In David Williamson's 1977 play The Club, the action takes place in a single room, through which traipse combinations of club president, committeeman, general manager, coach, captain and star recruit, conniving and conspiring. Big money and commercial pragmatism threaten to uproot personal loyalties and ancient ways. ‘I want to turn all those photographs around so they don’t have to look down on this shameful scene,’ says one character, who, it turns out, protests too much. ...'
'In late September 2015, Malcolm Turnbull made his first sporting appearance as Prime Minister at the Dally M Awards, the black-tie night for the working-class game. It should have been home turf. Turnbull is a long-time supporter of the Sydney Roosters – the closest to a silvertail club in the code, but really just the local rugby league team in the Eastern Suburbs where he grew up. But something went wrong for the Prime Minister; and News Ltd, Fairfax and SBS all settled on the word ‘awkward’ to describe his performance at the event. ...'
The Twenty-first century has already seen a stream of premature epitaphs written for many long-standing social phenomena, not least social capital – often referred to as the ‘glue’ that binds us together. I eagerly jumped on that bandwagon at the turn of the century, worried about signs of weakening social connectedness. At that time, Harvard Professor Robert Putnam, in his bestseller Bowling Alone (Simon & Schuster, 2001), persuasively traced the consequences of weakening social and civic ties in middle America. I haven’t really gotten off that wagon, although I’ve never felt completely comfortable with some of my fellow traveller’s laments about the state of the world and declining stocks of social capital.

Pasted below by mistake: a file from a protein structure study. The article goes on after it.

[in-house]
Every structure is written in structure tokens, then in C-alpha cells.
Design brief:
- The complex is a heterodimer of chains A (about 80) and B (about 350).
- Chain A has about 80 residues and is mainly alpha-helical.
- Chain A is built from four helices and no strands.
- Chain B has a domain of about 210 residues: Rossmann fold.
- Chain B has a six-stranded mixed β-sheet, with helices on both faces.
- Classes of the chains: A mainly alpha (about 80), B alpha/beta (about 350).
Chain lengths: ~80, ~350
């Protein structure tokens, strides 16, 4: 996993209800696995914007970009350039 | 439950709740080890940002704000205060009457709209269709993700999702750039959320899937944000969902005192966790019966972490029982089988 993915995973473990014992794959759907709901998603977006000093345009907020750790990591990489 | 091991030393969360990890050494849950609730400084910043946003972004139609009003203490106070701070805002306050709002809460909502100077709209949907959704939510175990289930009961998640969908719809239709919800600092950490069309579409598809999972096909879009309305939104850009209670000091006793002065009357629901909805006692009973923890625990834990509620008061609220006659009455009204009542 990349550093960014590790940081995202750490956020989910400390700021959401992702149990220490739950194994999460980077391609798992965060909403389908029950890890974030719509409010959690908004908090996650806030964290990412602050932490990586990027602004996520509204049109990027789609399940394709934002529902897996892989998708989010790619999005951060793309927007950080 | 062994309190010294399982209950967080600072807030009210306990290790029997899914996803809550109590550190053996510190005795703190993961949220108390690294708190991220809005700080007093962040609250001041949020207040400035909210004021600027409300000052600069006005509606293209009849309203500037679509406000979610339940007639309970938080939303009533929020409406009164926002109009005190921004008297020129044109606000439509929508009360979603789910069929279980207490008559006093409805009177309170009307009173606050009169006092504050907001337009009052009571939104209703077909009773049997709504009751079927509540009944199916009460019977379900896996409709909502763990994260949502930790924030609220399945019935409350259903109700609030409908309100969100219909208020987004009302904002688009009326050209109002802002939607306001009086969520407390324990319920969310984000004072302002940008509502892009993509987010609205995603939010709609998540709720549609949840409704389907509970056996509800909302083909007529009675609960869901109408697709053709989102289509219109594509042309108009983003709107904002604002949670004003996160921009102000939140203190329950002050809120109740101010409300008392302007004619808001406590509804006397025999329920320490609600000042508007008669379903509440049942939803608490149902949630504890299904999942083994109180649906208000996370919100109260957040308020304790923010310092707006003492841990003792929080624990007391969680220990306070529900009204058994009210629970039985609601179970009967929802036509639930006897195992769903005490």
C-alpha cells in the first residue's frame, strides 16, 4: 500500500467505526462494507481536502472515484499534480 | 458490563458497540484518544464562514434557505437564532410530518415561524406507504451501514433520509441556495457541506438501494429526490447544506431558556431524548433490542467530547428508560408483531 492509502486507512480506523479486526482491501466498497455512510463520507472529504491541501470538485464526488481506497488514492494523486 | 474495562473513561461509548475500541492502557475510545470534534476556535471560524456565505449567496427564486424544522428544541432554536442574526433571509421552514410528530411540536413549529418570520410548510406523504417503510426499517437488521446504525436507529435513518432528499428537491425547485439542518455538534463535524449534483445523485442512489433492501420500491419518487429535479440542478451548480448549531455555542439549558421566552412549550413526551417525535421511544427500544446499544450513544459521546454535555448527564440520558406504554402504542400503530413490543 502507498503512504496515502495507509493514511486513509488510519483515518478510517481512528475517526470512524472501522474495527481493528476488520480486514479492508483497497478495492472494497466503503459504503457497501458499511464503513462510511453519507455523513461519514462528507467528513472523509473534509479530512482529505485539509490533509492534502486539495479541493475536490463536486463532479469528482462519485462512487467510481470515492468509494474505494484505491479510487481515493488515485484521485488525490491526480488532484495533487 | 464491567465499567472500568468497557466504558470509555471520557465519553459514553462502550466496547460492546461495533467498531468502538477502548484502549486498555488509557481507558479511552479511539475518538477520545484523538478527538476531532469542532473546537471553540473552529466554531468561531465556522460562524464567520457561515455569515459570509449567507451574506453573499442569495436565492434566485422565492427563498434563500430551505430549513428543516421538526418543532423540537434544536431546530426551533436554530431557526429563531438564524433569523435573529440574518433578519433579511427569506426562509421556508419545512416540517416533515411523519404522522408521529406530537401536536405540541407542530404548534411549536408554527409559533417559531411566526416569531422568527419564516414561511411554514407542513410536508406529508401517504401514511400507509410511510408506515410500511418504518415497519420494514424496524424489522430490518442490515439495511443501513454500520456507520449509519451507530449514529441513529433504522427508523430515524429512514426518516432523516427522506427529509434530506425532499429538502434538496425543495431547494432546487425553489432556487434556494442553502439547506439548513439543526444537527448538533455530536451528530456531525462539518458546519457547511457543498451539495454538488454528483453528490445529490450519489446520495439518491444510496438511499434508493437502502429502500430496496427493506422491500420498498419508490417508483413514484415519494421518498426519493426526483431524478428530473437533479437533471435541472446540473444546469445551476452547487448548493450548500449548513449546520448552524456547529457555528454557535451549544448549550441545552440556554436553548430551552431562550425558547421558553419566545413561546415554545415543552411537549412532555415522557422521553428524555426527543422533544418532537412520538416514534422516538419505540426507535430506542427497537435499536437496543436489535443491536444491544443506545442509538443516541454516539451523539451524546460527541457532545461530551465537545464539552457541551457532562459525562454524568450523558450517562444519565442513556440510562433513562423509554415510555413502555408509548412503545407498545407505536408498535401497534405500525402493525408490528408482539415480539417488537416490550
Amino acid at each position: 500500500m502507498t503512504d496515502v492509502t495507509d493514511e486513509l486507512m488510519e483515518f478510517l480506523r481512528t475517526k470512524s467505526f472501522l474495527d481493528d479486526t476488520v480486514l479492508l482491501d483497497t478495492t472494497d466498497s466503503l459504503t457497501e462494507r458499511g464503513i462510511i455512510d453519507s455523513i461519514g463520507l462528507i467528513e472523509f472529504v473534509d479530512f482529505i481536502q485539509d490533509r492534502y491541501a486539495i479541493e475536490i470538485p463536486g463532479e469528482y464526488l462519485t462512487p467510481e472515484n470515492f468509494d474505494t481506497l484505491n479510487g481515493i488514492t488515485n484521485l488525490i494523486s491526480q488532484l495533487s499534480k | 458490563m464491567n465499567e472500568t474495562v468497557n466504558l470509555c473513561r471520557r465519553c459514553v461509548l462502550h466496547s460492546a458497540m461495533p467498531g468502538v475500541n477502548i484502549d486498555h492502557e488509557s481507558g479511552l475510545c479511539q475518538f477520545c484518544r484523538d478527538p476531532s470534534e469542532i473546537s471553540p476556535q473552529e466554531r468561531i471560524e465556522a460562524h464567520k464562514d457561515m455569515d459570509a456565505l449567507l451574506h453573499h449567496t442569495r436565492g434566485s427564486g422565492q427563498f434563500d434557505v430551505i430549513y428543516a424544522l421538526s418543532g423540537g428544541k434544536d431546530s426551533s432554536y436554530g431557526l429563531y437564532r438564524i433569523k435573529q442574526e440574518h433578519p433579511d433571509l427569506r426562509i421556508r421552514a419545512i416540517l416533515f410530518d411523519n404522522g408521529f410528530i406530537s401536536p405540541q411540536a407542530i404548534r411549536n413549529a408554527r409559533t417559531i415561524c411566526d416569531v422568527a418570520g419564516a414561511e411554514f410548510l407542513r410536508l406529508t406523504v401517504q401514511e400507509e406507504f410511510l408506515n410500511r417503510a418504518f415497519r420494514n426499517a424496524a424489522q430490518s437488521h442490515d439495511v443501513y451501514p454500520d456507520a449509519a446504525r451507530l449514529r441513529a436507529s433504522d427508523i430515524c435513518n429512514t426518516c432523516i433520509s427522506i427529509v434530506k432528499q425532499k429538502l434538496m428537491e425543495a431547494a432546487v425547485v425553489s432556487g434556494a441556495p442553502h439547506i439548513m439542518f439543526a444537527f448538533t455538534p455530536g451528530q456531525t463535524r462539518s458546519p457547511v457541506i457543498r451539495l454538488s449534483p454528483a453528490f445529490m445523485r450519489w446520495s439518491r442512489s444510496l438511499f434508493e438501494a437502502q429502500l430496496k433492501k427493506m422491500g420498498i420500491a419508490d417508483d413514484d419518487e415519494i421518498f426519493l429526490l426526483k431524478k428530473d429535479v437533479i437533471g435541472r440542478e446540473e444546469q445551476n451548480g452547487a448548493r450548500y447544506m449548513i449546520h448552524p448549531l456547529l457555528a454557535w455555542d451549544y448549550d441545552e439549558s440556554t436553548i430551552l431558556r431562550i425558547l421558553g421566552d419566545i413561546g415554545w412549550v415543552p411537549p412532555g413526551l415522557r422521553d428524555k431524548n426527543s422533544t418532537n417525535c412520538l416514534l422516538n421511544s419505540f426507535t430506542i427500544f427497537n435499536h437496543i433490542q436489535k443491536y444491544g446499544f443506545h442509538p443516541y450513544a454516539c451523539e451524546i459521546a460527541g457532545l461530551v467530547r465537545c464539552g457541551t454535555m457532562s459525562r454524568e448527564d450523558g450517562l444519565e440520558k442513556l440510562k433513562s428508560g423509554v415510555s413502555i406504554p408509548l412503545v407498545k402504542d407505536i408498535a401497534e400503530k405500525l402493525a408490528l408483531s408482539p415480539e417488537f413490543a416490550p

'In his highly influential history of Australian rules football, Geoffrey Blainey promoted the idea that the sport constituted a ‘game of our own’. In making this claim, Blainey suggested the sport was the outcome of Anglo-Australian cultural innovations. In raising the prospect of an Aboriginal football ethic we question this assertion and ask who is really taking this indigenous sport forward today. ...'
'The beguiling promise of sport is that everyone is treated equally: that it transcends politics through meritocracy. Fair play and a level playing field remain catchwords. Yet who determines whether the play is fair? Is the playing field really fair? And on whose land do the playing fields rest? ...' (Abstract)
'There is no doubt that soccer began to be associated with European ethnic groups in Australia after the Chifley government’s intake of ‘New Australians’ from non-Anglo-Irish European countries. This began the erosion of the White Australia Policy after 1947 and, essentially overnight, converted the sport’s base from its traditional British constitution. So much so that the epithet ‘wogball’ was enshrined as a colloquialism in the Macquarie Dictionary. Yet, the inception of Jewish and Yugoslavian teams in Western Australia before 1947 shows that the institutionalisation of ethnic teams in soccer was a process that began between the wars. ...'
'There's a special moment in mid-February when the grass at our local park is so smooth, tended so carefully, that it’s almost like a skating rink. Well watered, well fed, well mown. The park has been empty most of the summer, but that day, when the park comes alive, you know winter is coming – such as winter is in Sydney – and winter means football. Not professional football with its million-dollar packages and broadcast rights. Not football as something you watch. Football as it’s meant to be. Football as something you do. ...'
'In January 2016, Chris Gayle made a highly inappropriate pass at Mel McLaughlin, cricket’s Big Bash League sideline reporter, on live television. I thought my tweet, sent as I watched the cricket while packing to go overseas the next morning, was fairly innocuous. I purposely didn’t use any hashtags – an act of self-censorship to make my voice as small as possible on the platform – but I felt I had to note that his behaviour was not a one-off. A colleague tweeted a reply, in jest I thought: ‘Be careful or you’ll be asked to write a first person piece while on holiday.’ A few other journalists retweeted me. ...'